Wake Up Narcolepsy Inc (WUN), a nonprofit organization working to speed narcolepsy diagnosis and help in the search for a cure, recently awarded a research grant for $30,000 to Dr Thomas Scammell, a professor of neurology at Harvard Medical School, Beth Israel Deaconess Medical Center; and medical director of the Sleep Center at Boston Children’s Hospital.

WUN generated the grant through fund-raising by a team of WUNners in the 2014 Boston Marathon and other fund-raising events throughout the year. WUN has supported Scammell’s work for five consecutive years, totaling $120,000.

Narcolepsy is a neurological sleep disorder affecting 200,000 Americans and 3 million people worldwide. The condition is characterized by excessive daytime sleepiness, which usually first appears in adolescence or young adulthood. Many people with narcolepsy (PWN) also experience episodes of cataplexy–brief but debilitating periods of muscle weakness or complete physical collapse usually brought on by emotions such as laughter or surprise. These attacks are similar to the paralysis that occurs during REM sleep. Several other symptoms can give life with narcolepsy a nightmarish quality.

“Wake Up Narcolepsy’s continued support of our work enables us to explore questions that other funding sources may consider outside the bounds of acceptable risk,” Scammell says in a release. “Often these are the investigations that yield the most interesting, beneficial findings, so we are very grateful for the investigative freedom WUN’s support affords us.”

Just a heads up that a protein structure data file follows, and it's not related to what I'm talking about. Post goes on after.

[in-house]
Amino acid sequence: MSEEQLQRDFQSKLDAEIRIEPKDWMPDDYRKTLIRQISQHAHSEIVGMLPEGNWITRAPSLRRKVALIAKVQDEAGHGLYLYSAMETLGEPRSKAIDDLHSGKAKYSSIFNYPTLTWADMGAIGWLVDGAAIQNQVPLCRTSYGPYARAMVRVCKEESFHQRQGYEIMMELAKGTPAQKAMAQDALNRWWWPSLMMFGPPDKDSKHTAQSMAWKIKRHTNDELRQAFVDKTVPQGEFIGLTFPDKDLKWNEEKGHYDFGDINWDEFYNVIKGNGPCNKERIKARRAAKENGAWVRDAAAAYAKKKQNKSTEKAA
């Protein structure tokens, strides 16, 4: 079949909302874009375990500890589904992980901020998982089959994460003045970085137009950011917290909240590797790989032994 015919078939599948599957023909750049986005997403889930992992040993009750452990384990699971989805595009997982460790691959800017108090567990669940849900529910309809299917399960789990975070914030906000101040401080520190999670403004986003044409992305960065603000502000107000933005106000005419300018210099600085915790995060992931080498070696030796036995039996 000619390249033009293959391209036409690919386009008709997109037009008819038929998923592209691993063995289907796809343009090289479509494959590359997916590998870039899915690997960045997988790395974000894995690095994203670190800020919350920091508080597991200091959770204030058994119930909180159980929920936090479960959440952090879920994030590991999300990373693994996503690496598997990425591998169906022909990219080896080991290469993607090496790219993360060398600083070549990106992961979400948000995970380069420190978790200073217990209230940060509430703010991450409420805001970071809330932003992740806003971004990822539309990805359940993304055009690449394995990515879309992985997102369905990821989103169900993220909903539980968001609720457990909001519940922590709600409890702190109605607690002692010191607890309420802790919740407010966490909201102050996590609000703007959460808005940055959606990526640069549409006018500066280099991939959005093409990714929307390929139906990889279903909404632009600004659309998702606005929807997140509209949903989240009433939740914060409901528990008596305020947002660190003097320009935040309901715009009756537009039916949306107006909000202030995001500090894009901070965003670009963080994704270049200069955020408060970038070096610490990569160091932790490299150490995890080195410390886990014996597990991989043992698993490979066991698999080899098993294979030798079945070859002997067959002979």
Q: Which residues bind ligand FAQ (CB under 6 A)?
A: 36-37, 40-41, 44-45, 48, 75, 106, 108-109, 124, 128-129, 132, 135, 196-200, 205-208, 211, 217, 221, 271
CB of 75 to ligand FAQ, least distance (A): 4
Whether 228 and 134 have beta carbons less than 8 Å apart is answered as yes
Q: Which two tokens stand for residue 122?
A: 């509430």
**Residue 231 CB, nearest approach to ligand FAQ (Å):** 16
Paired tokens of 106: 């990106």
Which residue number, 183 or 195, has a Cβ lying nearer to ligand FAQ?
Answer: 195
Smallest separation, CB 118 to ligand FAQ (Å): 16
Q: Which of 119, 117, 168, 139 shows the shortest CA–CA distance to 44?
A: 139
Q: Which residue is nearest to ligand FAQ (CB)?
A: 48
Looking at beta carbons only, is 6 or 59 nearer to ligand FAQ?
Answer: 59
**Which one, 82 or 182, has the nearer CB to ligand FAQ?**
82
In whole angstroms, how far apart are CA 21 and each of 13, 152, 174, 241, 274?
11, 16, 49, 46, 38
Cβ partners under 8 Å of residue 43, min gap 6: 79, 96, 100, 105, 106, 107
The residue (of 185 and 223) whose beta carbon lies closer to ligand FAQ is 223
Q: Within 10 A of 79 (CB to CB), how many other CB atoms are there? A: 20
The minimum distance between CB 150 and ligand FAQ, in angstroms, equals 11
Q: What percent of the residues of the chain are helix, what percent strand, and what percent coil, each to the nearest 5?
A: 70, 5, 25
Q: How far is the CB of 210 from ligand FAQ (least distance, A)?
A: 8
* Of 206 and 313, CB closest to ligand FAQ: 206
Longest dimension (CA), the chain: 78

Hope for a Cure

Monica Gow, WUN executive director and co-founder, says, “Every day, our family deals with the severe trials that have befallen our teenage son. His narcolepsy is a challenge for him, and it affects everyone in the family. WUN continues to support Dr Scammell’s work, and that of other leading narcolepsy experts, in the hope that one day our son and millions of other people with narcolepsy can be cured of this devastating sleep disease.”

Narcolepsy can impair virtually every facet of life, from family and social interactions, to personal safety and academic success, to self-esteem and career choice. Though treatment is available, it is not uncommon for 8 to 10 years to pass before a proper diagnosis is made, robbing the sufferer–and the family–of an acceptable quality of life.

Unfortunately, much of the medical community, as well as parents, teachers, and others who could help, are not familiar with the symptoms of narcolepsy. Consequently, delayed or inaccurate diagnosis is the norm, leading to years of unnecessary suffering. Raising public awareness and supporting medical research to find a cure will help millions worldwide.

Paths to Greater Understanding

Scammell’s work focuses on the neurobiology of sleep and the neural basis of narcolepsy. The disease is caused by an extensive and selective loss of the hypothalamic neurons that produce the orexin neuropeptides (also known as hypocretins). This cell loss generally occurs in the teens or young adulthood and results in excessive daytime sleepiness, hypnogogic hallucinations, sleep paralysis, and, in many cases, cataplexy. Ironically, most PWN sleep poorly at night, exacerbating their daytime sleepiness.

Much of Scammell’s current research focuses on mouse models of narcolepsy, as mice lacking orexins also experience sleepiness and frequent episodes of cataplexy. He hypothesizes that orexins normally stabilize the activity of wake-promoting brain regions, but absence of orexins produces rapid transitions from wakefulness into sleep, and intrusions into wakefulness of REM sleep elements, such as cataplexy or hallucinations. Additional research focuses on how positive emotions trigger cataplexy, and the changes in human brains when narcolepsy develops.

The major goals of Scammell’s work are to identify the neural mechanisms through which the orexin system controls sleep and wakefulness, and to determine how loss of the orexin peptides results in sleepiness and cataplexy.